Gustavo Dudamel is one of those extremely rare conductors to draw international attention while still in his twenties. For a musician who only began studying conducting in 1995 and made his professional debut in 2005, he has ascended the steep ladder to podium renown in almost unprecedented fashion.
He was born on January 26, 1981, in Barquisimeto, Venezuela. His father was a trombone player who performed in local bands and his mother was a vocal teacher. Dudamel began lessons on the violin at 10, having previously studied in a government-sponsored music program in grade school. Later, at the Jacinto Lara Conservatory, he studied violin with José Luis Jiménez and at the Latin American Violin Academy with José Francisco del Castillo. In 1995 he began conducting studies with Rodolfo Saglimbeni, but his most important teaching influence was conductor José Antonio Abreu, who served as his mentor. Dudamel's 1999 appointment as music director of the Orquesta Sinfónica Simón Bolívar allowed him to conduct regular concerts and make concert tours abroad.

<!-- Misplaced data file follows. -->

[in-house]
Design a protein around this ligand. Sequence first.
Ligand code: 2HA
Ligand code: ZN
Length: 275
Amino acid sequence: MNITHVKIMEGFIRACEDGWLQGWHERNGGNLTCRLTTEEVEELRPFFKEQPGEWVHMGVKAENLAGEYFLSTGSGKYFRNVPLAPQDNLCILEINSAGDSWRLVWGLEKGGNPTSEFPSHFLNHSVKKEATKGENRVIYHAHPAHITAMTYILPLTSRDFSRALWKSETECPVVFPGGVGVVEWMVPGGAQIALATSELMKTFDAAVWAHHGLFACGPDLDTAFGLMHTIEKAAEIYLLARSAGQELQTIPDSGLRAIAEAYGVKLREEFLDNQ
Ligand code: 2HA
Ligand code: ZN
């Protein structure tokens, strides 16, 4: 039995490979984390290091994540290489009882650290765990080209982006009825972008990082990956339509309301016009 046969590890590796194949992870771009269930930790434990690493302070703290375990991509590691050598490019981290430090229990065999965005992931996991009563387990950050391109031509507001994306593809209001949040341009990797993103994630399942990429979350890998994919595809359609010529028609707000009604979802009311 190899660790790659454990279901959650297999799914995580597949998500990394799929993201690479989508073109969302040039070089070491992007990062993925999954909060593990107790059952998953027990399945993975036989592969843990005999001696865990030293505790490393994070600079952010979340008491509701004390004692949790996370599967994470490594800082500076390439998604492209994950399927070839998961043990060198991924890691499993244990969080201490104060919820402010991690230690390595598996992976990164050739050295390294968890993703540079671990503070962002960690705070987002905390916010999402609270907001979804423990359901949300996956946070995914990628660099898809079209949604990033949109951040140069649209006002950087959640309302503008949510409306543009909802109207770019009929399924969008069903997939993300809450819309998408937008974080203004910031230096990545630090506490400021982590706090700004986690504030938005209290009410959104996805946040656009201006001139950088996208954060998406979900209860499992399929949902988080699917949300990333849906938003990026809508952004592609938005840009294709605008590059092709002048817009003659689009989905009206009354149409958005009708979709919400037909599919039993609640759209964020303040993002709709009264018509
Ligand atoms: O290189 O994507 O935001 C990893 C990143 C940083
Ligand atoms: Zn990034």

In the first decade of the twenty-first century, Dudamel was arguably the most sought-after conductor under the age of 30, and was the first in many years to be appointed music director of a major orchestra -- in this case, the Los Angeles Philharmonic, beginning in 2009-2010. Dudamel did not step onto that podium as anything approaching a novice, since he had already served as principal conductor of the Gothenburg Symphony Orchestra, beginning in 2007. Since 1999 he has served as music director of the Venezuelan national youth orchestra (known as the Orquesta Sinfónica Simón Bolívar). Besides the Los Angeles Philharmonic, he has led the Chicago Symphony, New York Philharmonic, Philharmonia, Royal Liverpool Philharmonic, City of Birmingham Symphony, Israel Philharmonic, and Dresden State Orchestra. Dudamel signed a recording contract with Deutsche Grammophon in 2005.
Dudamel has won a number of conducting competitions, the most important of which was the 2004 Gustav Mahler Conducting Competition held in Bamberg, Germany. Following that triumph, Dudamel began receiving a flood of invitations to conduct the world's major orchestras. Dudamel's first recording with Deutsche Grammophon was the 2006 CD of Beethoven Symphonies No. 5 and No. 7, with the Orquesta Sinfónica Simón Bolívar. In April 2007, Dudamel led the Stuttgart Radio Symphony Orchestra in a concert given at the Vatican before Pope Benedict XVI on the occasion of his 80th birthday. This concert was taped by DG and subsequently issued on DVD in August 2007.